Seth G. Jones: Oh, yeah.
Christopher Miller: And I – the moral and the courage that it took to make the decision, not discounting the physical courage of the assault force. But the decision to do that, when it was determined that the Russians aren’t going to contest and the Syrians weren’t going to contest, it was, like, the most profoundly, like, we could breathe again. I’ll tell you what, we – that shook them to their core, that’s what I saw. And they have not been able to reestablish their command and control. And we’ve kept the pressure on. And ISIS, I feel, is – you know, using our vernacular – they’ve reverted to use Mao Zedong’s, you know, strategy. They’ve reverted to a clandestine cellular network primarily in the desert.
The concern is that we don’t allow them to mass force again. But I think they’re in a bad place. I mean, I’d love your view more than my view, frankly, because I get much more out of listening to you than me talking. However, the fact that they had that just amazing vision of the caliphate. You know, I wonder – I wonder what would have happened if they had decided not to just become so absolutely insane and violent. What would have happened if they actually established – they established the caliphate in Syria and just kind of let it go, and they didn’t become so outrageously violent and just perverted in their – in their orgy of violence?
But, man, hanging everything off that caliphate – what, 80,000 people went there, right? Eighty thousand people went there with this vision. And, boy, when it got perverted and our allies and partners took it apart, I think that pretty much ended the vision of ISIS. Although, I still think they have a very – their vision and their ideology still holds a lot of appeal. That’s what I’m seeing right now. Like, al-Qaeda, I – you know.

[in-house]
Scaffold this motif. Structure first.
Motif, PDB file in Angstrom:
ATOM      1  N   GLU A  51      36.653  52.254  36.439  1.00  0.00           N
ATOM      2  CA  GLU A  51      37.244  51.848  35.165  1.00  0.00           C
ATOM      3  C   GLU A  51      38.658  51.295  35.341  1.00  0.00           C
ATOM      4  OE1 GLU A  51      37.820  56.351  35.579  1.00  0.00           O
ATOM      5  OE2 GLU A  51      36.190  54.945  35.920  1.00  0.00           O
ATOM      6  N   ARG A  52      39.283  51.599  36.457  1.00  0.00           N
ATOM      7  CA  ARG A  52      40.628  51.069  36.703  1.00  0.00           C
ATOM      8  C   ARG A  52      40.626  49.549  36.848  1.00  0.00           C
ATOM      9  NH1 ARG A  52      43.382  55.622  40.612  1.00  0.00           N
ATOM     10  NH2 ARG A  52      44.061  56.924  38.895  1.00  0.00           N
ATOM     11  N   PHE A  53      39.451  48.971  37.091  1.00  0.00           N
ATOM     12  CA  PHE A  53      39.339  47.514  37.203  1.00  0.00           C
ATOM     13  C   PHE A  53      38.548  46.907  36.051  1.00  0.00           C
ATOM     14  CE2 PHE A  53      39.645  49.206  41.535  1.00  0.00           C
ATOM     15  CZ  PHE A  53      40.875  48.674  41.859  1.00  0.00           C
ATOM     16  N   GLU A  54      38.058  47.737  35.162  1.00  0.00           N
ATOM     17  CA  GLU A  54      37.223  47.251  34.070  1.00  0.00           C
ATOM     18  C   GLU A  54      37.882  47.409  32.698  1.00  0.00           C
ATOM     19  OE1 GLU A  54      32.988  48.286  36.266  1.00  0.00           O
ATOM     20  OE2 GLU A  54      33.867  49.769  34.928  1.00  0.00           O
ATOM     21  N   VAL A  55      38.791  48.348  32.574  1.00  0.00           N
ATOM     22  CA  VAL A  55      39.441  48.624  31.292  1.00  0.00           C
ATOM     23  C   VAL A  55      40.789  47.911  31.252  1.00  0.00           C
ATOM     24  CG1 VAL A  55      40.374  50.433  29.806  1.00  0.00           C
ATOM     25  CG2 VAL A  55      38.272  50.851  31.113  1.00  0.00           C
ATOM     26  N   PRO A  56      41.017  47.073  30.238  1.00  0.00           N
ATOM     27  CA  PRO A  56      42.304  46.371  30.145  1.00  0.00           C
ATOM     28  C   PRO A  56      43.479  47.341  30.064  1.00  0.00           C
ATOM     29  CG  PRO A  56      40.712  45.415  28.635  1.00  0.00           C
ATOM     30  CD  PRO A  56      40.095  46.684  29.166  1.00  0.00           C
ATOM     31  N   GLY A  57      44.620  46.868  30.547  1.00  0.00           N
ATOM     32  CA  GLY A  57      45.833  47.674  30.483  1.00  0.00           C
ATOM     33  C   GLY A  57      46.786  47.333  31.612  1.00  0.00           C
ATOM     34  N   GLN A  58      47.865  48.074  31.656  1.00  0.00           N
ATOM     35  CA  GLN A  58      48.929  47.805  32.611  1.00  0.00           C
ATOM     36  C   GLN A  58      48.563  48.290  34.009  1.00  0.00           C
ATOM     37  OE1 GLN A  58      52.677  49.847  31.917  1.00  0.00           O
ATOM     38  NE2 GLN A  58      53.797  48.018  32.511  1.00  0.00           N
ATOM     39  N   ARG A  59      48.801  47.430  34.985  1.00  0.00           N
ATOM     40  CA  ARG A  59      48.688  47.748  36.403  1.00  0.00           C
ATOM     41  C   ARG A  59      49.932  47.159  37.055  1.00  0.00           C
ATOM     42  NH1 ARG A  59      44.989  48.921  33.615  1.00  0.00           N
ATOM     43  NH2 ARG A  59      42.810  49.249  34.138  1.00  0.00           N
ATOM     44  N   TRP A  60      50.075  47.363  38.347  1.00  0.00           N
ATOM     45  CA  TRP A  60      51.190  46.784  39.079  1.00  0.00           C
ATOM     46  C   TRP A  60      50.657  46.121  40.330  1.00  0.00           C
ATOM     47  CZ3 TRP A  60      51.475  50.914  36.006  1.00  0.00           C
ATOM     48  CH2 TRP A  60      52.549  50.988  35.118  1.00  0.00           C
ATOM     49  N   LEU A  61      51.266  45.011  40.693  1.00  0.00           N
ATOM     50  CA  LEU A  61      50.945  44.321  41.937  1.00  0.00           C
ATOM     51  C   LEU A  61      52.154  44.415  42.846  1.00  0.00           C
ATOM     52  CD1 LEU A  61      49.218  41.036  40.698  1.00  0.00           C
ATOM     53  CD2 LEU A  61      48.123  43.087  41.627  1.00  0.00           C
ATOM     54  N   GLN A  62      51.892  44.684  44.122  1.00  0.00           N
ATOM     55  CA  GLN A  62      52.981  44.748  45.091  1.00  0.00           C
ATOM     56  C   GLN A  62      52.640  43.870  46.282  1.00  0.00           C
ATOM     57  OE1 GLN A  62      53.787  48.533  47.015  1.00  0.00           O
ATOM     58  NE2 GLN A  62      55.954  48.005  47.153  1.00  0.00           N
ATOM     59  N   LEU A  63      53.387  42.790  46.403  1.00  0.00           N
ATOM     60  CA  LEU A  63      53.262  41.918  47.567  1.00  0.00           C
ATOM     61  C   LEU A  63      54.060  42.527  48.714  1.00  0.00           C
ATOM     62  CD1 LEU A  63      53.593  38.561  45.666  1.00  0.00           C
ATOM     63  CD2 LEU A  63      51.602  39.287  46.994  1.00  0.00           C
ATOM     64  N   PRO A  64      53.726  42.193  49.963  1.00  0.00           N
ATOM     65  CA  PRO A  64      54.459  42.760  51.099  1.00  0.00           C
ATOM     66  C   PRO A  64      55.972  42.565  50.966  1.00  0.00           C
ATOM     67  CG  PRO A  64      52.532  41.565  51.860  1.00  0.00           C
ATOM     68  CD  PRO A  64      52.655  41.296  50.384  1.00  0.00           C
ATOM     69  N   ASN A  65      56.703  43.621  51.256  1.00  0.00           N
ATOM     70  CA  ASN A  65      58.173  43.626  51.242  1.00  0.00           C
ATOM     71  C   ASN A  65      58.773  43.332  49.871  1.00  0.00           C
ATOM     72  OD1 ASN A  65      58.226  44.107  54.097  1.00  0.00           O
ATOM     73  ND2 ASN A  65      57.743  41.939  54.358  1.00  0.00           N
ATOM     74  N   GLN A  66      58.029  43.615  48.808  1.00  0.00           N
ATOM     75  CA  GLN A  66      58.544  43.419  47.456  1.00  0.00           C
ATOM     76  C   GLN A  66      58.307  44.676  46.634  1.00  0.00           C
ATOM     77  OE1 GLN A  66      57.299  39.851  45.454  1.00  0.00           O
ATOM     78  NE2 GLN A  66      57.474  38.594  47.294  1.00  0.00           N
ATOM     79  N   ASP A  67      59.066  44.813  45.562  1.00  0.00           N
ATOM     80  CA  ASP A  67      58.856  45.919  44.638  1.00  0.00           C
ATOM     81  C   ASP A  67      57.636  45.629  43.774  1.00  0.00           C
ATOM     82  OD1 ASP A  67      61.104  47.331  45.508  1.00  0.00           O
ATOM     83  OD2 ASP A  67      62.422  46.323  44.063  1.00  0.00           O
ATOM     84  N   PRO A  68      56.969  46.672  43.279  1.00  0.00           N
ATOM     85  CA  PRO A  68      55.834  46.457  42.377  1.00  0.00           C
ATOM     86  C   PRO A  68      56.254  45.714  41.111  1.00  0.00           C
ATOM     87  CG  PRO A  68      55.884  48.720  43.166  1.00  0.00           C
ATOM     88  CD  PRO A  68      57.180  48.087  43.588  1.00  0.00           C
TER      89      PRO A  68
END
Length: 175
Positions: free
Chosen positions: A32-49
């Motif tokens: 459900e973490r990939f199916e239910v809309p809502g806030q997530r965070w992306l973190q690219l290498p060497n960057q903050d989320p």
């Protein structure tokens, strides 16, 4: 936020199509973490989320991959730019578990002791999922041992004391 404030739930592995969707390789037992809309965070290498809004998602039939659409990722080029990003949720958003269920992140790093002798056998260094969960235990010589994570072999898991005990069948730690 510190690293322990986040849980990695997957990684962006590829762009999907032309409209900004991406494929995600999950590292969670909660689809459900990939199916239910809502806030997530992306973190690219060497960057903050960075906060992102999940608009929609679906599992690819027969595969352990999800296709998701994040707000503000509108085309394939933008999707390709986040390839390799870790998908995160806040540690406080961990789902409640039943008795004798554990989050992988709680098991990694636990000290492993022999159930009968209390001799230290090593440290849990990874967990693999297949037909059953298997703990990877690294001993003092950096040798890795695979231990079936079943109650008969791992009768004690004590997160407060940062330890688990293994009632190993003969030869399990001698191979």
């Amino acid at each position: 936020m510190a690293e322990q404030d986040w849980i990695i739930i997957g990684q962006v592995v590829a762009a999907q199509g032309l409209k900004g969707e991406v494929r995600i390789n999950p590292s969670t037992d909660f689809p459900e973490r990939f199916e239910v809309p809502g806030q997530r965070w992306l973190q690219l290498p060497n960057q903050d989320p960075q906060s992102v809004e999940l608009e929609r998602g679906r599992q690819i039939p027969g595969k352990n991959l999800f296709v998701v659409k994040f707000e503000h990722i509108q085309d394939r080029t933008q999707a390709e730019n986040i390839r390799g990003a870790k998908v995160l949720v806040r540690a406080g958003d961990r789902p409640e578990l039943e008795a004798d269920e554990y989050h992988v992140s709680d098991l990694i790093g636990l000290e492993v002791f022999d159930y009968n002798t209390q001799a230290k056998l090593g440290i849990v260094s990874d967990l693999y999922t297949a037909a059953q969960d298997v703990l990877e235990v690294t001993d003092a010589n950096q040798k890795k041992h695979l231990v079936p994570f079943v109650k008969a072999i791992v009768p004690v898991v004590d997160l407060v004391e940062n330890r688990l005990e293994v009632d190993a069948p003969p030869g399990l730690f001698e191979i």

Seth G. Jones: When you look at ISIS right now online, would you say they’re still relatively active in running an extremism operation on Telegram and other places? I mean, do they still have – are you still concerned about followers on the virtual world?
Christopher Miller: Oh, remember the days at the height of the caliphate when they were pushing our hundreds of immediate products a day? Now they’re just – I don’t think they have any English-speaking capability. They’re a shell. They’re barely keeping their head above water. Absolutely greatest concern without a doubt is homegrown violent extremists, those that are inspired – that have seen, you know, Awlaki – I know that’s al-Qaeda – but they’ve been exposed to this stuff online, and self-radicalized. Those are the ones that obviously – and FBI’s – that’s our concern. Because that’s been the major the threat against the United States.
Seth G. Jones: That has been the major threat. But there does look like there’s been somewhat of a drop in the number of attacks, at least. I mean, we’ve obviously had – over the past couple of years – we’ve had Pulse nightclub in Orlando. We’ve had San Bernardino. But what is your broader sense of the threat to the U.S. homeland from – whether it’s al-Qaeda, whether it’s the Islamic State, or other jihadist groups – what’s the threat, whether it’s directed attack or whether it’s one that’s simply inspired in the U.S.? How serious of a threat is it today?
Christopher Miller: Still fundamental part of their doctrine, and their vision, and their purpose for existence. Obviously, I personally – I mean, I have my phone on me 24/7 waiting for, you know, the alert that something’s happened. Of course, COVID-19’s caused problems because nobody’s traveling right now. That’s been a benefit to help us catch up on some stuff. But you know, you have to be, like, logical. And you have to take – and it’s hard, because of course it was the defining event of our generation, right? I mean, 2001 and September 11th changed our lives – yours, mine, a whole generation.